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View Full Version : Why I Remain an Agnostic



recycledwaste
Wednesday, January 3rd, 2007, 10:25 PM
At times my emotions feel blunt, or vague, about God, about the spiritual, while at others I feel I receive a true "communion" with God..... or whatever one wishes to call It ..... "It" is probably an appropriate enough term for what people usually refer to as "God", I think.

After all, human words can't define or name It, can't even come close to comprehending It. The .... indescribable energy, or "force", behind the Big Bang, for instance, the unifying force in all the universe, the galaxy, all of Nature. Life. The Life Cycle. All of its beauty and , sometimes, all of its destructiveness as well. This too is It. Nature's inherent, but often overlooked, interconnectedness. This is It. The truly vast and unimaginable interconnectedness of all living things, from plants and lower animals, to we human beings. We modern human beings were the first animals with brains powerful enough , brains "wired" in such a way to be able to create a concept of "God"; to make "him" a him, for instance. To give "him" everything from gender to human-like characteristics, to relatives, consorts, sons. "Only begotten sons...", eventually. A personalized deity (or deities) that watch(es) over and care(s) for personally each and every one of us, amidst all our tiny human dramas, our foibles and faux-pas, our rights and our wrongs, our good deeds and misdeeds. In fact I believe It is much much bigger than that. I don't believe that It, whatever It is, if It is at all (although I tend to think It is), can truly be comprehended or approached by we humans. The inevitable question, in my opinion the essential basis for so much of religion, obviously quickly arises, " Well then what about when we die?"

When we die, I believe that what we "return" to is, essentially, something like what the Jewish Kaballah calls "Ein Sof". One way of understanding that term is Nothingness. "Divine Nothingness" ... Without End. Whatever "energy" we have within us, what some call the "soul", is released into the atmosphere, at the very moment of death, like steam wafting upward from a piping hot cup of tea, looked at through a ray of sunlight. And we return to that state, or rather "non-state" , that we were in, or rather not in, before the womb. And we live on, in the minds and hearts, and to some extent literally in the blood, in the DNA, of those closest to us who survive us and who never forget. But I do not believe that there is anything "there" for us, any further extension of our consciousness , so to speak, beyond the moment when it is essentially obliterated at brain death. This can be a hard , for some impossible, thing to wrestle with, or , comprehend, but , I truly believe it to be the hard truth.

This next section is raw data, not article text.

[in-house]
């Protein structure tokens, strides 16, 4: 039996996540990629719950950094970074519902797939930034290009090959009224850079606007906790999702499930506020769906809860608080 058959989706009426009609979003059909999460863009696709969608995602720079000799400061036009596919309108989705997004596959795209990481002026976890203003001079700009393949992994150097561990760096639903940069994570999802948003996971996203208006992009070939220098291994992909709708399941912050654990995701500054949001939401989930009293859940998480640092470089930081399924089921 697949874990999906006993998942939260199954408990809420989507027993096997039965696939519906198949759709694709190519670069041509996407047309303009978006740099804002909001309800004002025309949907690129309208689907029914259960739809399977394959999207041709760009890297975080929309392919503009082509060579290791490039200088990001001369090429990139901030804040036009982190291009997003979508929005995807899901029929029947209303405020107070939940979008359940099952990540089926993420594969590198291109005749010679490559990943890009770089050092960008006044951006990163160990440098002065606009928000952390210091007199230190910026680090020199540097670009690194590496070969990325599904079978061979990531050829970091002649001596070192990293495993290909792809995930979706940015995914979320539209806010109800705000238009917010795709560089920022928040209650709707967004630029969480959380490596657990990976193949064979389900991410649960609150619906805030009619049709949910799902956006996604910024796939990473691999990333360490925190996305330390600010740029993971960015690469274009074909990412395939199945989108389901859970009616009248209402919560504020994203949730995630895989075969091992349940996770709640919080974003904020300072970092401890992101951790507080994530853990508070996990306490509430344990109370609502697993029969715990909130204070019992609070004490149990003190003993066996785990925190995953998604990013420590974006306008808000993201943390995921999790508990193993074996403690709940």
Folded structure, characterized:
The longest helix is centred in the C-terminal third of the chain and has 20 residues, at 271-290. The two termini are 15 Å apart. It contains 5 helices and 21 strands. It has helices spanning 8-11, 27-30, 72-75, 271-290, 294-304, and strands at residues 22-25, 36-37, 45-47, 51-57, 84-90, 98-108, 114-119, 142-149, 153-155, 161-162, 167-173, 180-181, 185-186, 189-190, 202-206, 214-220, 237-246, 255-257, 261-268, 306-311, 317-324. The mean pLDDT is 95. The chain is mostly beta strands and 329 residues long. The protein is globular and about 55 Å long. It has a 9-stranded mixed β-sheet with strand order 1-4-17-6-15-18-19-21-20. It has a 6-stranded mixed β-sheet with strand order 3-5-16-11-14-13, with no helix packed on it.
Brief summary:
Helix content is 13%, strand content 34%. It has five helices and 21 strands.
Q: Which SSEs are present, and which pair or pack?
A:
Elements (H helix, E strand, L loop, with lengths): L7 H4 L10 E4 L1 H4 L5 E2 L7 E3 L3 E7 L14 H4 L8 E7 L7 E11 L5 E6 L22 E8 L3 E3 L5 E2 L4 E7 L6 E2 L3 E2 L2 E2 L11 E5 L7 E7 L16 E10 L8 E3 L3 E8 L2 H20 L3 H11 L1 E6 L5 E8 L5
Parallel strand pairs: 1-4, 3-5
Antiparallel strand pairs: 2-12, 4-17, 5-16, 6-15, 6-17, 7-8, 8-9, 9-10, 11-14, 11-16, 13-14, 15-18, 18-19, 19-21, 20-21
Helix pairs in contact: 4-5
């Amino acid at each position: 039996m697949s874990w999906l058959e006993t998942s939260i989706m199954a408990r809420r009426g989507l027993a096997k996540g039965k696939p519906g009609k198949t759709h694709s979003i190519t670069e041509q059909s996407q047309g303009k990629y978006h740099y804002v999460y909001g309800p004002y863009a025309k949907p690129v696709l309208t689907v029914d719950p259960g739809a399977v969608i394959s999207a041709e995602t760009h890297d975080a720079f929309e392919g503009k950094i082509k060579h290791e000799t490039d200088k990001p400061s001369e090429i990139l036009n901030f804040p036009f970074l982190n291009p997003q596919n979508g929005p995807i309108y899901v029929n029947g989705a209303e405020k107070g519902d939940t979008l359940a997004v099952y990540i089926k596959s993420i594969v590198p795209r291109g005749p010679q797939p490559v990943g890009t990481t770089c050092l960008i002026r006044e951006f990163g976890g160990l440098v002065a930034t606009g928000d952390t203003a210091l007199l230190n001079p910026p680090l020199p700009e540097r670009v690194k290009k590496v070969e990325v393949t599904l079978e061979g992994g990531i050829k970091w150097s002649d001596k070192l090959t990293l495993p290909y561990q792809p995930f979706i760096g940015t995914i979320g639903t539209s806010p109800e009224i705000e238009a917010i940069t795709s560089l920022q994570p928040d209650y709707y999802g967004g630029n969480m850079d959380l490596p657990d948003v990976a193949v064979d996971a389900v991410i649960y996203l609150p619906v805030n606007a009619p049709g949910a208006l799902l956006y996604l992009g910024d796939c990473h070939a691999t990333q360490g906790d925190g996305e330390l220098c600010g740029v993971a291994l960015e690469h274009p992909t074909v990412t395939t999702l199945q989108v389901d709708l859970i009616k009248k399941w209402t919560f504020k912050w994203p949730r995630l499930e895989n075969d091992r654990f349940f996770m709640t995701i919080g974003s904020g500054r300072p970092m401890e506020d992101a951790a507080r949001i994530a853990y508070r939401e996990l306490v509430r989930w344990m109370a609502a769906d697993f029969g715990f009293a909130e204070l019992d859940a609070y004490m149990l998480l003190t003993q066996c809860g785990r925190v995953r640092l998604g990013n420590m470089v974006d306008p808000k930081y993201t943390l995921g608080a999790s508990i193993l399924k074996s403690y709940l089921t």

I think that, if there is any next "stage" in human evolution, it will be when we are able to set aside notions of doing right and avoiding wrong solely for the purpose of receiving something "in the end" someday, and learn to stand on our own and act as nobly and as ethically as we can just because. Because it is the right thing to do, the right way to be, not because we "have" to, or, because some ancient piece of spiritual prose written down in the deserts of the Middle East millenia ago (for tribes of people who were not even our own), tells us that we ought to, or tells us that we will be "punished" if we do not. I am not however naive enough to seriously think that organized religion, as such, is "going anywhere". Certainly not within any of our lifetimes, and probably not within any of our great-grandchildren's lifetimes either.

For me, however, the fact remains that one need not go to any Roman Catholic Church, for example, to receive any "true communion" with God, with "It". One just needs to be in the right place, at the right time, and in the right frame of mind. Communion could happen when one least expects it, just walking towards a bright sun in a cloudless sky for instance, on a peaceful day. Jesus himself, whoever he was, a wandering Jewish preacher and holy man apparently, with a few radical ideas for his time, would have abhorred the notion of a supreme infallible Church, based in Rome of all places, and dedicated to the actual worship of him as the literal "son of God" -- an idea which a first-century Palestinian Jewish holy man would have viewed as anathema, wholly pagan, just like the myriad "Mystery Cults" followed by the Greek and Latin pagans in the larger world around him at the time. Any mention of a "Trinity" concept, "three parts of one God", that sort of theological mumbo-jumbo which Catholic theologians tend to go after so avidly, surely would have thoroughly boggled the poor man's mind, as it has boggled so many other far better educated minds throughout history long after Jesus's time even up to the present day. The notion of his own mother, who had ( I believe) borne him illegitimately, being worshiped , or offered prayer to, as the "Mother of God" -- again, anathema, blasphemy, to pious Jews such as they were, especially in the time and place in which they lived. Such notions would have been totally unable to be "processed" or understood by Jews of that time and place as being anything other than run-of-the-mill non-Jewish paganism, plain and simple. (This was well before the era of the "non-observant cultural-only" Jew, or the tolerant modern "Western secularized" Reform Jew).